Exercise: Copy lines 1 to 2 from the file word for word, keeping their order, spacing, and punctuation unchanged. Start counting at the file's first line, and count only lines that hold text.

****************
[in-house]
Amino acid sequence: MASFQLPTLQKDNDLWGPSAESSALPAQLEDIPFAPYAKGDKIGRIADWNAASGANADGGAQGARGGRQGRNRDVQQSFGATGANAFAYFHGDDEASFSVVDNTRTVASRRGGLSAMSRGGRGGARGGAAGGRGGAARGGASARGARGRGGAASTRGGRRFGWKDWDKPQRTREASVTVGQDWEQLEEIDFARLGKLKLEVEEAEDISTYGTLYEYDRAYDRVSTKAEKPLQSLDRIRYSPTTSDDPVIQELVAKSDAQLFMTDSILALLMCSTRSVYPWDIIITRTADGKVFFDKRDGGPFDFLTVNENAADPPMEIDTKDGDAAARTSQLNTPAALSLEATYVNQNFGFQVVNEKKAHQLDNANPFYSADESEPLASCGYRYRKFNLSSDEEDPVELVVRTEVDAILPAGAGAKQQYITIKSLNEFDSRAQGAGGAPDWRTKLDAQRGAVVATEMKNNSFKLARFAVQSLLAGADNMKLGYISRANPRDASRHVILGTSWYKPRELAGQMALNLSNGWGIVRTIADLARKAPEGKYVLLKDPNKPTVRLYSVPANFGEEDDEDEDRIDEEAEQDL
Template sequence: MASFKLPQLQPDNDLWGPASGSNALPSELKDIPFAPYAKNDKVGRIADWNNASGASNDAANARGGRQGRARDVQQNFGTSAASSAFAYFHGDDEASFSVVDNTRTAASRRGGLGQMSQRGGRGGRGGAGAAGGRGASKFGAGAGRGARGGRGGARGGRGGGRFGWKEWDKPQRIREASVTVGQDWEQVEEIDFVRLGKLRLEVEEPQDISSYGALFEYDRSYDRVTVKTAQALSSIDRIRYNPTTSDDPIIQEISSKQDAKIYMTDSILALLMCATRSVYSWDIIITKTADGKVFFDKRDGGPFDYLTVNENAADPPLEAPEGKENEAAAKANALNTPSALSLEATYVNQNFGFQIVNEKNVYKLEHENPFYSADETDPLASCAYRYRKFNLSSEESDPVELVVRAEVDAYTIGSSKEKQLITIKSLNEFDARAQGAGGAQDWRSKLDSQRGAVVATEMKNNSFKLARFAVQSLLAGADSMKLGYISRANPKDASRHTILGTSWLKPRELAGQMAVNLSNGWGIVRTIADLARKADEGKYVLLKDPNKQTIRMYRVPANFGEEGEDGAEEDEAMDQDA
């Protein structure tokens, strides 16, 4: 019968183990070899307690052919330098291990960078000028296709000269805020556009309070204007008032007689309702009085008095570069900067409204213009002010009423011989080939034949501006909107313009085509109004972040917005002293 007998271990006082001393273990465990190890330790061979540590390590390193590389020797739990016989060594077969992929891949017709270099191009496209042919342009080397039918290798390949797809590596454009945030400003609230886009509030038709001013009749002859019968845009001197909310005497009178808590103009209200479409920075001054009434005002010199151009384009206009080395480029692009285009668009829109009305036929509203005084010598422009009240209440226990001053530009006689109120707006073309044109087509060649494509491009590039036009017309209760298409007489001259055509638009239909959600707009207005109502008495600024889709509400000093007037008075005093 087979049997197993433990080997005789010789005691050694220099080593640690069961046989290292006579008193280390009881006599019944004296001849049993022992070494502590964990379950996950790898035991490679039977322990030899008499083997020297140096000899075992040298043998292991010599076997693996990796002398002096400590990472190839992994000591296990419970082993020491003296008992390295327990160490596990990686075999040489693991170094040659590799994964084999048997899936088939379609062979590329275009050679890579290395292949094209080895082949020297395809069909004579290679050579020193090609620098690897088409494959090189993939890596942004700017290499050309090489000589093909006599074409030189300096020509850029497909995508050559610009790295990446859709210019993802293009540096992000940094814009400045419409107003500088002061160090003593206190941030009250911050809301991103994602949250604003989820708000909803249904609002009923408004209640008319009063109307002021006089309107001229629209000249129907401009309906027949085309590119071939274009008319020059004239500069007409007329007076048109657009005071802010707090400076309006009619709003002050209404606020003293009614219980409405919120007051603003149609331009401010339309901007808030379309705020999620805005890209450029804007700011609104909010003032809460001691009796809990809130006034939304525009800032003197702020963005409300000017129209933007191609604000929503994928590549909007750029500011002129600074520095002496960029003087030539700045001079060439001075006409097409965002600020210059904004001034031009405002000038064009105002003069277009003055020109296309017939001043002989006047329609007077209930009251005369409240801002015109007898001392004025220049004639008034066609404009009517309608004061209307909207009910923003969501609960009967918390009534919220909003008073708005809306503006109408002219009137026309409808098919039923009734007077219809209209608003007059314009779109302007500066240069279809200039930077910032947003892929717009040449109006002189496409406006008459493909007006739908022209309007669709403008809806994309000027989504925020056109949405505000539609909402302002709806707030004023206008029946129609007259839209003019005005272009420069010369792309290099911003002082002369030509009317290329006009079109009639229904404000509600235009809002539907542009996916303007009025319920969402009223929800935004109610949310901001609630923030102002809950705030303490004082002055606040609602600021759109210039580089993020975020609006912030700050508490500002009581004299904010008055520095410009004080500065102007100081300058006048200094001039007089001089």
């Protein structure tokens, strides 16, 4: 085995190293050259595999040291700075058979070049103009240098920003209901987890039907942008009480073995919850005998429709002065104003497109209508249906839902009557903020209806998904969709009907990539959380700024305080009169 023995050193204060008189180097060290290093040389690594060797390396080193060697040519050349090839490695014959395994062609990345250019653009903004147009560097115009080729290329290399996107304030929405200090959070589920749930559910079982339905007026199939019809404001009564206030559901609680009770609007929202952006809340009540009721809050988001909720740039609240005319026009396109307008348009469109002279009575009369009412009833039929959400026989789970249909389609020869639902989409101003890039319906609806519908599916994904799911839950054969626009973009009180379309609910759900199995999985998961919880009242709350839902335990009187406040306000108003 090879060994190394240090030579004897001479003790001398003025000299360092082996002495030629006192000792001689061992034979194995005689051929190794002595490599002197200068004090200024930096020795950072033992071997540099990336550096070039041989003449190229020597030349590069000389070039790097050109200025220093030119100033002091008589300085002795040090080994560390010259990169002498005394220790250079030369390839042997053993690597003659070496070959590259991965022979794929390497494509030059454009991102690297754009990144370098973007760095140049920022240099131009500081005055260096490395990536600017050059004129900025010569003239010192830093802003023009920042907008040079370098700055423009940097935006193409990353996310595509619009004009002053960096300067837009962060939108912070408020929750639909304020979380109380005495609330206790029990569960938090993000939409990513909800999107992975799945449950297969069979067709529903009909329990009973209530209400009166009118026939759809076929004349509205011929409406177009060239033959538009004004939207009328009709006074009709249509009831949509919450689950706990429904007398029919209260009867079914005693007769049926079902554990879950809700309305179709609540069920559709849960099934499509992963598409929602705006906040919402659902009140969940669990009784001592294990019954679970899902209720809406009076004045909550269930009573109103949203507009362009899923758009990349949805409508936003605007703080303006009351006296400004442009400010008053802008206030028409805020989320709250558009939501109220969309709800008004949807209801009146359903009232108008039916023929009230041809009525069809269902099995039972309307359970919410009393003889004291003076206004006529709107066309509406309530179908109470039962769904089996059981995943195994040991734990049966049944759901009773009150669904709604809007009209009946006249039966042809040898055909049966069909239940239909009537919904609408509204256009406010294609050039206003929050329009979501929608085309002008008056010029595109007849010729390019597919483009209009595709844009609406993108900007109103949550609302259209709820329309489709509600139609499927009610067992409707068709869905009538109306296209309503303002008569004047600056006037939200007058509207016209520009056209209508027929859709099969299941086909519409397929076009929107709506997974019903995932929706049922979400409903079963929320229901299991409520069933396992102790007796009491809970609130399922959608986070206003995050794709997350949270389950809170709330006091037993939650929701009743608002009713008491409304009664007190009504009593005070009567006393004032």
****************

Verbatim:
[in-house]
Amino acid sequence: MASFQLPTLQKDNDLWGPSAESSALPAQLEDIPFAPYAKGDKIGRIADWNAASGANADGGAQGARGGRQGRNRDVQQSFGATGANAFAYFHGDDEASFSVVDNTRTVASRRGGLSAMSRGGRGGARGGAAGGRGGAARGGASARGARGRGGAASTRGGRRFGWKDWDKPQRTREASVTVGQDWEQLEEIDFARLGKLKLEVEEAEDISTYGTLYEYDRAYDRVSTKAEKPLQSLDRIRYSPTTSDDPVIQELVAKSDAQLFMTDSILALLMCSTRSVYPWDIIITRTADGKVFFDKRDGGPFDFLTVNENAADPPMEIDTKDGDAAARTSQLNTPAALSLEATYVNQNFGFQVVNEKKAHQLDNANPFYSADESEPLASCGYRYRKFNLSSDEEDPVELVVRTEVDAILPAGAGAKQQYITIKSLNEFDSRAQGAGGAPDWRTKLDAQRGAVVATEMKNNSFKLARFAVQSLLAGADNMKLGYISRANPRDASRHVILGTSWYKPRELAGQMALNLSNGWGIVRTIADLARKAPEGKYVLLKDPNKPTVRLYSVPANFGEEDDEDEDRIDEEAEQDL